There were mixed feelings from the German camp after Monday's dramatic 3-3 draw against England in the UEFA Nations League, with manager Hansi Flick calling it "a good test".
Germany led 2-0 after a 52nd minute penalty from Ilkay Gundogan and a goal from Kai Havertz in the 67th, but that advantage was wiped out in just over 15 minutes.
Luke Shaw struck in the 72nd, Mason Mount equalised three minutes later, and a penalty to Harry Kane put the English up 3-2 in the 83rd.
Ultimately, an 87th-minute leveller from Havertz saw the two sides share the points, and it gave Flick some mixed emotions.
"The first half was balanced, in the second we deservedly led 2-0 – then we made individual mistakes," he said. "It must not happen that we give up a lead like that.
"But we came back, that's the positive. It was a good test, we take a lot of positive things with us, but also negative things. There's some work for us to do, but we're optimistic, otherwise we could stay at home."
Midfielder Joshua Kimmich provided a little more insight into exactly what went wrong to allow such a rapid collapse.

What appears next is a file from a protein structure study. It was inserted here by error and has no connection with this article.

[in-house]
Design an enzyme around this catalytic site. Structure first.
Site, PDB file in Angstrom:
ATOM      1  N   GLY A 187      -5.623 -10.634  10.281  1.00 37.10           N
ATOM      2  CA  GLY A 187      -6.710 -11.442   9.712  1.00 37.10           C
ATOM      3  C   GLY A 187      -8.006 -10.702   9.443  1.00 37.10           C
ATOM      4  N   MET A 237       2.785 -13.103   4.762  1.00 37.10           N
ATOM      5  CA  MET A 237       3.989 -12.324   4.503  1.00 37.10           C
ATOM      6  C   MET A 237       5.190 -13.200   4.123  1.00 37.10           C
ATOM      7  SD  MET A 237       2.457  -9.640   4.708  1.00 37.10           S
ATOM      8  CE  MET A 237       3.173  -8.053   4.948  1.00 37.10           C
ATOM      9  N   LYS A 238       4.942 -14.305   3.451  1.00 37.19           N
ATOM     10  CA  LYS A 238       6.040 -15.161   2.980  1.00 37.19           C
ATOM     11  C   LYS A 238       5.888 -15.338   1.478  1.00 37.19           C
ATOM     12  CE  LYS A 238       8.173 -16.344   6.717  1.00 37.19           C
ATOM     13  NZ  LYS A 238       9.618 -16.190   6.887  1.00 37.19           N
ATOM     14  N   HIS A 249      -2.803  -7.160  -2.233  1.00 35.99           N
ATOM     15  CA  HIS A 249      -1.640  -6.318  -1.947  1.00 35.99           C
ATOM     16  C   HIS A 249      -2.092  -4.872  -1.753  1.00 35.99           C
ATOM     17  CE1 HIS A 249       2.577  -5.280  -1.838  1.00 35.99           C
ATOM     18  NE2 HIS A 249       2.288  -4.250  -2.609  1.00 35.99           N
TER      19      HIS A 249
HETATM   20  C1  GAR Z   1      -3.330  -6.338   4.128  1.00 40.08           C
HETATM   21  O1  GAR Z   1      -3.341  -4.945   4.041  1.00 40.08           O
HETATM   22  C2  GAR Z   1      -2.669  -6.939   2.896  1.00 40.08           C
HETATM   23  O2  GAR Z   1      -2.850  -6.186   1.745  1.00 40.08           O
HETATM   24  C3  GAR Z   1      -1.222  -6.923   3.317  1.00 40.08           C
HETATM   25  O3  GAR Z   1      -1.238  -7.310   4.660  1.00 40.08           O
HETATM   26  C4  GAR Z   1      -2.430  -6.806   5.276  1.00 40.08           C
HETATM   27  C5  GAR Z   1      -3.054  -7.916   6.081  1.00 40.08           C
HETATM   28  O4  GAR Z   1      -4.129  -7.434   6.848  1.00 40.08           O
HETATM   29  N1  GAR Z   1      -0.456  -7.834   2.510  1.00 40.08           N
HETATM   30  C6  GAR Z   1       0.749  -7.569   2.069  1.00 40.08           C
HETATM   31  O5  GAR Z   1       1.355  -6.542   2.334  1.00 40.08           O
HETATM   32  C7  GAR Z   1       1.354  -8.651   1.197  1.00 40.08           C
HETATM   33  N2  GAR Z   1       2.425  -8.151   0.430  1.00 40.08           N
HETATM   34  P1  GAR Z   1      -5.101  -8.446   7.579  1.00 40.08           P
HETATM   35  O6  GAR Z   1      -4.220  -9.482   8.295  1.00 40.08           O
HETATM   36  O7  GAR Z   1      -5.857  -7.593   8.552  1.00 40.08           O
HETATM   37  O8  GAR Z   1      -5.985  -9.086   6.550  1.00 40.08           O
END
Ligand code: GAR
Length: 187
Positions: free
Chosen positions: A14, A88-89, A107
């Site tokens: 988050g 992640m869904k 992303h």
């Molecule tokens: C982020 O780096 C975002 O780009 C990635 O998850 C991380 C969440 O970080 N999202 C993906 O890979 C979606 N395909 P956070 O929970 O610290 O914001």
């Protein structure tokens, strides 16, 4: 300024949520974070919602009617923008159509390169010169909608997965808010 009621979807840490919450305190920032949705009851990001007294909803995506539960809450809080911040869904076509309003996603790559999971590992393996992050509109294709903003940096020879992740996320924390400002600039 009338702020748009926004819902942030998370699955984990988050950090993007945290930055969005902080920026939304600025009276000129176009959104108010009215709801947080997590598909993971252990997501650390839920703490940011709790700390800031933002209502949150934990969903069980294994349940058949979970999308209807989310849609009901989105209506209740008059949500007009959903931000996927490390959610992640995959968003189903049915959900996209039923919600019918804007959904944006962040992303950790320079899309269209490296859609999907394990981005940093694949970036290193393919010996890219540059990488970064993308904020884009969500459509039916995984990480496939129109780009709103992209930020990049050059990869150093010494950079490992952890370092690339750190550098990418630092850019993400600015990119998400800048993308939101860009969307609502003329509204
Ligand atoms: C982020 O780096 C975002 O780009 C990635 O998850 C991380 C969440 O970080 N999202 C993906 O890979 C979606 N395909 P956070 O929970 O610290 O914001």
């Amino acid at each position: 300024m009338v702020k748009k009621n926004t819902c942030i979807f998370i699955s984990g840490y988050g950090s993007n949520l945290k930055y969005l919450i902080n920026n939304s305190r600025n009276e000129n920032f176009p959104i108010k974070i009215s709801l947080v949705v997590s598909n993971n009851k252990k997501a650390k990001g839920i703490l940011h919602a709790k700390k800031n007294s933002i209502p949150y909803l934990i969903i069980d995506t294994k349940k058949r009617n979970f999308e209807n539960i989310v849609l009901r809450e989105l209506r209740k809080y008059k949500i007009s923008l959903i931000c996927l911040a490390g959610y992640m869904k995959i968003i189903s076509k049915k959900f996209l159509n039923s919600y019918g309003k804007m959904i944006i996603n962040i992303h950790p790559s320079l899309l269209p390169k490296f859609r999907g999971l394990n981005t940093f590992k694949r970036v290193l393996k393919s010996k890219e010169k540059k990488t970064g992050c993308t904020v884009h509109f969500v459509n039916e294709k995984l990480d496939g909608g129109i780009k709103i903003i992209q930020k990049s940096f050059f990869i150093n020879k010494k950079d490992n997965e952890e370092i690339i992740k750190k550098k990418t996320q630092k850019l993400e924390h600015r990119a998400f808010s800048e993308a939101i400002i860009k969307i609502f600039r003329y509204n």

"We had everything under control and deservedly led 2-0 – then we became far too passive," he said. "No longer pushing through consistently, defending far too deep, no longer having the courage to play against the ball… but in terms of body language and engagement, it was an improvement.
"Everyone now has six weeks to get a good feeling and then we will attack."
After scoring two goals, Havertz said to only get a draw from a match like that "must of course worry you" but suggested that it "was another good game to learn from".
Meanwhile, Gundogan was not afraid to talk about Germany's lofty goals, saying they are heading to Qatar with the plan of making the final.
"It's not unrealistic," he said. "Of course, a lot has to come together. I don't see a team that is miles ahead.
"We have shown over long periods that we can do it at the highest level. We have to try to do that for 90 minutes. At a World Cup you have much less leeway to make mistakes than today."